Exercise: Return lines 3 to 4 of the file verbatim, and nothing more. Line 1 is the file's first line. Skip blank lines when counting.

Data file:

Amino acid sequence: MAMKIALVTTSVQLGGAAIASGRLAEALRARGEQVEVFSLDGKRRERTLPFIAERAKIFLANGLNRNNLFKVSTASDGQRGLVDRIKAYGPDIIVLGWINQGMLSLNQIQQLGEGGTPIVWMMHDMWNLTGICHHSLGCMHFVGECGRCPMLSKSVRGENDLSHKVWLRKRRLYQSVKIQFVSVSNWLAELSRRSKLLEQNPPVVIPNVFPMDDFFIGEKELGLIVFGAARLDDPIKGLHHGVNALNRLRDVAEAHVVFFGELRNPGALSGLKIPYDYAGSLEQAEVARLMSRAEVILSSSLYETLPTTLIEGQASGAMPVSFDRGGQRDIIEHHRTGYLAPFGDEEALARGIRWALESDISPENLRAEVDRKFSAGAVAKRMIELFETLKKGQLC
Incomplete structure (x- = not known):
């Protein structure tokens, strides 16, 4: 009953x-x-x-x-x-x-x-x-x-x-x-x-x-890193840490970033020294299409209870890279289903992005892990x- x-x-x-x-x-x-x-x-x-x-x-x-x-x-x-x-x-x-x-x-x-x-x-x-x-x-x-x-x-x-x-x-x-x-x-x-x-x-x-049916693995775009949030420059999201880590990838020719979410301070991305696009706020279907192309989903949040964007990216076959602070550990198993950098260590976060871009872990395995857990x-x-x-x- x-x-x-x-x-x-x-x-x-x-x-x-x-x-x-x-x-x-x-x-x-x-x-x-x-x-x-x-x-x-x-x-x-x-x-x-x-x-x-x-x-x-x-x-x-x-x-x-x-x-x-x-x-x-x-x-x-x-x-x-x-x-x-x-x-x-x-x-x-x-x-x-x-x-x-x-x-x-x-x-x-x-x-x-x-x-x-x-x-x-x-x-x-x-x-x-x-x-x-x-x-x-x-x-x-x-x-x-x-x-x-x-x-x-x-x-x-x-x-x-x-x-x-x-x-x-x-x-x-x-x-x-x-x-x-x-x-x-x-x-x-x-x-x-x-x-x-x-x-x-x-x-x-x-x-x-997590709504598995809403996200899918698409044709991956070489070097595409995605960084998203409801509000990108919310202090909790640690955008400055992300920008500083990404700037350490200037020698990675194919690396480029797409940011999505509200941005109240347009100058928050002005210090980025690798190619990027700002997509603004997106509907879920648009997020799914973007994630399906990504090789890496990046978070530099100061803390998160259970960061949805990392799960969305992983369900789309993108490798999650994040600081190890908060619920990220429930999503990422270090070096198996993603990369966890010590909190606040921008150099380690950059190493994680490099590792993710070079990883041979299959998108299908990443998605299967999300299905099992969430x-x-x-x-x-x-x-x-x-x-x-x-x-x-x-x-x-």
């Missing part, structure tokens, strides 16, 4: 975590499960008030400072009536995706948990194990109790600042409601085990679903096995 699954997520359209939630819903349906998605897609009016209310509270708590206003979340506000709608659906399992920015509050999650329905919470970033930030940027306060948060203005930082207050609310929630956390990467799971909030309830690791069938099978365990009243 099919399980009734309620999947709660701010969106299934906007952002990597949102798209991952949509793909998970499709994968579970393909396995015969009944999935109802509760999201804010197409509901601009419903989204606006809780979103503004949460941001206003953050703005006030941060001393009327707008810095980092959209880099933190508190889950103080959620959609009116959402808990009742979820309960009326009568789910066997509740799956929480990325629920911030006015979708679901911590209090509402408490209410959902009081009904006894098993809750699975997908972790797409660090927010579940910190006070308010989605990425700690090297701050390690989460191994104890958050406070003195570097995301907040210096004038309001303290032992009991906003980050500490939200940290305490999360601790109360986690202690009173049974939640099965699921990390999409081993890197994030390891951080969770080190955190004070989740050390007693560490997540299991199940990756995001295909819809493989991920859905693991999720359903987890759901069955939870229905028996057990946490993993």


């Protein structure tokens, strides 16, 4: 009953x-x-x-x-x-x-x-x-x-x-x-x-x-890193840490970033020294299409209870890279289903992005892990x- x-x-x-x-x-x-x-x-x-x-x-x-x-x-x-x-x-x-x-x-x-x-x-x-x-x-x-x-x-x-x-x-x-x-x-x-x-x-x-049916693995775009949030420059999201880590990838020719979410301070991305696009706020279907192309989903949040964007990216076959602070550990198993950098260590976060871009872990395995857990x-x-x-x- x-x-x-x-x-x-x-x-x-x-x-x-x-x-x-x-x-x-x-x-x-x-x-x-x-x-x-x-x-x-x-x-x-x-x-x-x-x-x-x-x-x-x-x-x-x-x-x-x-x-x-x-x-x-x-x-x-x-x-x-x-x-x-x-x-x-x-x-x-x-x-x-x-x-x-x-x-x-x-x-x-x-x-x-x-x-x-x-x-x-x-x-x-x-x-x-x-x-x-x-x-x-x-x-x-x-x-x-x-x-x-x-x-x-x-x-x-x-x-x-x-x-x-x-x-x-x-x-x-x-x-x-x-x-x-x-x-x-x-x-x-x-x-x-x-x-x-x-x-x-x-x-x-x-x-x-997590709504598995809403996200899918698409044709991956070489070097595409995605960084998203409801509000990108919310202090909790640690955008400055992300920008500083990404700037350490200037020698990675194919690396480029797409940011999505509200941005109240347009100058928050002005210090980025690798190619990027700002997509603004997106509907879920648009997020799914973007994630399906990504090789890496990046978070530099100061803390998160259970960061949805990392799960969305992983369900789309993108490798999650994040600081190890908060619920990220429930999503990422270090070096198996993603990369966890010590909190606040921008150099380690950059190493994680490099590792993710070079990883041979299959998108299908990443998605299967999300299905099992969430x-x-x-x-x-x-x-x-x-x-x-x-x-x-x-x-x-």
């Missing part, structure tokens, strides 16, 4: 975590499960008030400072009536995706948990194990109790600042409601085990679903096995 699954997520359209939630819903349906998605897609009016209310509270708590206003979340506000709608659906399992920015509050999650329905919470970033930030940027306060948060203005930082207050609310929630956390990467799971909030309830690791069938099978365990009243 099919399980009734309620999947709660701010969106299934906007952002990597949102798209991952949509793909998970499709994968579970393909396995015969009944999935109802509760999201804010197409509901601009419903989204606006809780979103503004949460941001206003953050703005006030941060001393009327707008810095980092959209880099933190508190889950103080959620959609009116959402808990009742979820309960009326009568789910066997509740799956929480990325629920911030006015979708679901911590209090509402408490209410959902009081009904006894098993809750699975997908972790797409660090927010579940910190006070308010989605990425700690090297701050390690989460191994104890958050406070003195570097995301907040210096004038309001303290032992009991906003980050500490939200940290305490999360601790109360986690202690009173049974939640099965699921990390999409081993890197994030390891951080969770080190955190004070989740050390007693560490997540299991199940990756995001295909819809493989991920859905693991999720359903987890759901069955939870229905028996057990946490993993």